IMPORTANT SAFETY INFORMATION AND INDICATION FOR APTIOM (eslicarbazepine acetate):
Do not take APTIOM if you are allergic to eslicarbazepine acetate, any of the other ingredients in APTIOM, or oxcarbazepine... [read more]
Suicidal behavior and ideation: Antiepileptic drugs, including APTIOM, may cause suicidal thoughts or actions in a very small number of people, about 1 in 500. Call your doctor right away if you have any of the following symptoms, especially if they are new, worse or worry you: thoughts
about suicide or dying; attempting to commit suicide; new or worse
depression, anxiety, or irritability; feeling agitated or restless;
panic attacks; trouble sleeping (insomnia); acting aggressive; being
angry or violent; acting on dangerous impulses; an extreme increase in
activity and talking (mania); or other unusual changes in behavior or
Allergic reactions: APTIOM may cause serious skin rash or other
serious allergic reactions that may affect organs or other parts of
your body like the liver or blood cells. You may or may not have a rash
with these types of reactions. Call your doctor right away if you
experience any of the following symptoms: swelling of the face, eyes,
lips, or tongue; trouble swallowing or breathing; hives; fever, swollen
glands, or sore throat that do not go away or come and go; painful
sores in the mouth or around your eyes; yellowing of the skin or eyes;
unusual bruising or bleeding; severe fatigue or weakness; severe muscle
pain; or frequent infections or infections that do not go away.
Low salt (sodium) levels in the blood: APTIOM may cause the level of
sodium in your blood to be low. Symptoms may include nausea, tiredness,
lack of energy, irritability, confusion, muscle weakness or muscle
spasms, or more frequent or more severe seizures. Some medicines can also cause low sodium in your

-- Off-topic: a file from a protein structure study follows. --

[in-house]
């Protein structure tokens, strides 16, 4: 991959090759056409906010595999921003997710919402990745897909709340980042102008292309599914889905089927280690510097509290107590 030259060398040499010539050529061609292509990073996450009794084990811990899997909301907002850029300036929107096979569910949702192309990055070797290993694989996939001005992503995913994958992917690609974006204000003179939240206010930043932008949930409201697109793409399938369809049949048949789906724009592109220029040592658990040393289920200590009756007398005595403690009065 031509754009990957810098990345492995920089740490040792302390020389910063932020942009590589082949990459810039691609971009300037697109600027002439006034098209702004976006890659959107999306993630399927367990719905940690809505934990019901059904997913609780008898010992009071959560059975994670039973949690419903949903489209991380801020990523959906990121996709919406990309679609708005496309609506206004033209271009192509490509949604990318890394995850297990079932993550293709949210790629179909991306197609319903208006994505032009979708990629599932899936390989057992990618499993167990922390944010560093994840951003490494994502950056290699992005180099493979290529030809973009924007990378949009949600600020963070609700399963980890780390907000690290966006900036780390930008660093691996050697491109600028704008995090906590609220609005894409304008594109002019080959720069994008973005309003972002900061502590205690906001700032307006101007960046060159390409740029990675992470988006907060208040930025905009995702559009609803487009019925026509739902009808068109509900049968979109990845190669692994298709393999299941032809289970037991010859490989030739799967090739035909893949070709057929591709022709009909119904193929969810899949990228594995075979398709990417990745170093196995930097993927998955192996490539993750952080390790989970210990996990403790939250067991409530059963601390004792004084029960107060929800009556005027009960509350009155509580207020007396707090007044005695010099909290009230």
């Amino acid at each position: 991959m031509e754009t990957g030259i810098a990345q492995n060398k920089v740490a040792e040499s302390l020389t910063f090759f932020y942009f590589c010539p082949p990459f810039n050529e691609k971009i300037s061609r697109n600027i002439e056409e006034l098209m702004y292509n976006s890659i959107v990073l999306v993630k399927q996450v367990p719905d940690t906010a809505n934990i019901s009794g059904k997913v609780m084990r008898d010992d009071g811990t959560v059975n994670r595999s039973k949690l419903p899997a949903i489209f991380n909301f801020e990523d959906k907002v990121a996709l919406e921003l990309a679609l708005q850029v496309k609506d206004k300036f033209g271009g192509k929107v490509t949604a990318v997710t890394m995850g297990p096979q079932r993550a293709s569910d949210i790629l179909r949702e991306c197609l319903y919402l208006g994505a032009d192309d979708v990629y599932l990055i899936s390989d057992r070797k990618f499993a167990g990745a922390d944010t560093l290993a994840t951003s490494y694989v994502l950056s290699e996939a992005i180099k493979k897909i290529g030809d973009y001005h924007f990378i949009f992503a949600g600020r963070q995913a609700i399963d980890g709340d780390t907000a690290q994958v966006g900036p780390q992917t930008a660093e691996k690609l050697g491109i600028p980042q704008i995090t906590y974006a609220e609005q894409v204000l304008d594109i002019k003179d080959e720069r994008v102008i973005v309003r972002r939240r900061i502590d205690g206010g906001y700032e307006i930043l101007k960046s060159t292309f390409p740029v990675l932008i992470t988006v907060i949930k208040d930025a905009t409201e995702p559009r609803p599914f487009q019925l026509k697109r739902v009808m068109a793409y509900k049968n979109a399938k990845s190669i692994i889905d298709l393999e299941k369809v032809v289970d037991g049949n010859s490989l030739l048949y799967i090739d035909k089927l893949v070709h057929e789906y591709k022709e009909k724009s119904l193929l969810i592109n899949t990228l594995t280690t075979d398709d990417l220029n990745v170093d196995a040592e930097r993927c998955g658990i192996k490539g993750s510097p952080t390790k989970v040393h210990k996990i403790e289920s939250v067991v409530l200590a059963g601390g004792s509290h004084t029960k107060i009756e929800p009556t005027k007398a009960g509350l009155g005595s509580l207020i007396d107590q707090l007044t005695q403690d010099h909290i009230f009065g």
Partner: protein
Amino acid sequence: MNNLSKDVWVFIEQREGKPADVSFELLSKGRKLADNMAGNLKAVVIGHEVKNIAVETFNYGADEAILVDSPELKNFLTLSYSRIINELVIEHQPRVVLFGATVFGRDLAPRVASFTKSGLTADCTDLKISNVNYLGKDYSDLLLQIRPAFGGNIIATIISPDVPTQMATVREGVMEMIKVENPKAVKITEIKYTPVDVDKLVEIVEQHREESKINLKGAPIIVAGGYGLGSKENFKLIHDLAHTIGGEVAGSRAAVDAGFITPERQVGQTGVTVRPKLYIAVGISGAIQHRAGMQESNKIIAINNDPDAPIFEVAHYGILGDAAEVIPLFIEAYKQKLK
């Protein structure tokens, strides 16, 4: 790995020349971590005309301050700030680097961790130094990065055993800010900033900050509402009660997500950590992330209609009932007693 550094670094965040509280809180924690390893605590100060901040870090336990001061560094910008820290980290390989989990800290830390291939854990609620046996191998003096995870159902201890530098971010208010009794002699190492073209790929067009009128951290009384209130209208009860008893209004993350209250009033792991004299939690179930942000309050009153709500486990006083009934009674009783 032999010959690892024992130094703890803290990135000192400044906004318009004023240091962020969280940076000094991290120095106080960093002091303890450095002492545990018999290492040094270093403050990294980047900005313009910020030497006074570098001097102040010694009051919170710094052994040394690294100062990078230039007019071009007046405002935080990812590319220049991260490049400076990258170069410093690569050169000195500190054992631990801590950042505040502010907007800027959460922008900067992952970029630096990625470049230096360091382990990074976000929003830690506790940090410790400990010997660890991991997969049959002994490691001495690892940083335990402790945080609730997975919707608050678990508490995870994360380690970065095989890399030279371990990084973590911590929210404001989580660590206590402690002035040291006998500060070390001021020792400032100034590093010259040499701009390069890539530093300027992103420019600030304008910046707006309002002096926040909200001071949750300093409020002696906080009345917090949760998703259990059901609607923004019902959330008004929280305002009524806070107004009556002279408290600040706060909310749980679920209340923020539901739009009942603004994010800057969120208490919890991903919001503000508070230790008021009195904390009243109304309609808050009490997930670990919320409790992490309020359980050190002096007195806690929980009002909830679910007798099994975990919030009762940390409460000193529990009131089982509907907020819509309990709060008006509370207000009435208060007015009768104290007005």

blood. Be sure to tell your health care provider about all the other medicines that you are taking.
Nervous system problems: APTIOM may cause problems that can affect
your nervous system, including dizziness, sleepiness, vision problems,
trouble concentrating, and difficulties with coordination and balance.
APTIOM may slow your thinking or motor skills. Do not drive or operate
heavy machinery until you know how APTIOM affects you.
Liver problems: APTIOM may cause problems that can affect your
liver. Symptoms of liver problems include yellowing of your skin or the
whites of your eyes, nausea or vomiting, loss of appetite, stomach
pain, or dark urine.
Most common adverse reactions: The most common side effects in
patients taking APTIOM include dizziness, sleepiness, nausea, headache,
double vision, vomiting, feeling tired, problems with coordination,
blurred vision, and shakiness.
Drug interactions: Tell your health care provider about all the
medicines you take, including prescription and over-the-counter
medicines, vitamins, and herbal supplements. Taking APTIOM with certain
other medicines may cause side effects or affect how well they work. Do
not start or stop other medicines without talking to your health care
provider. Especially tell your health care provider if you take oxcarbazepine,
carbamazepine, phenobarbital, phenytoin, primidone, clobazam,
omeprazole, simvastatin, rosuvastatin, or birth control medicine.
Discontinuation: Do not stop taking APTIOM without first talking to
your health care provider. Stopping APTIOM suddenly can cause serious
Pregnancy and lactation: APTIOM may cause your birth control
medicine to be less effective. Talk to your health care provider about
the best birth control method to use. APTIOM may harm your unborn baby.
APTIOM passes into breast milk. Tell your health care provider if you
are pregnant or plan to become pregnant, or are breastfeeding or plan
to breastfeed. You and your health care provider will decide if you
should take APTIOM. If you become pregnant while taking APTIOM, talk to
your health care provider about registering with the North American
Antiepileptic Drug (NAAED) Pregnancy Registry. The purpose of this
registry is to collect information about the safety of antiepileptic
medicine during pregnancy. You can enroll in this registry by calling
Get medical help right away if you have any of the symptoms listed above.
You are encouraged to report negative side effects of prescription
drugs to the FDA. Visit www.fda.gov/medwatch or call 1-800-FDA-1088.
Aptiom® (eslicarbazepine acetate) is a prescription medicine used alone or with other medicines to treat partial-onset seizures.
For more information, please see the APTIOM Medication Guide and Full Prescribing Information.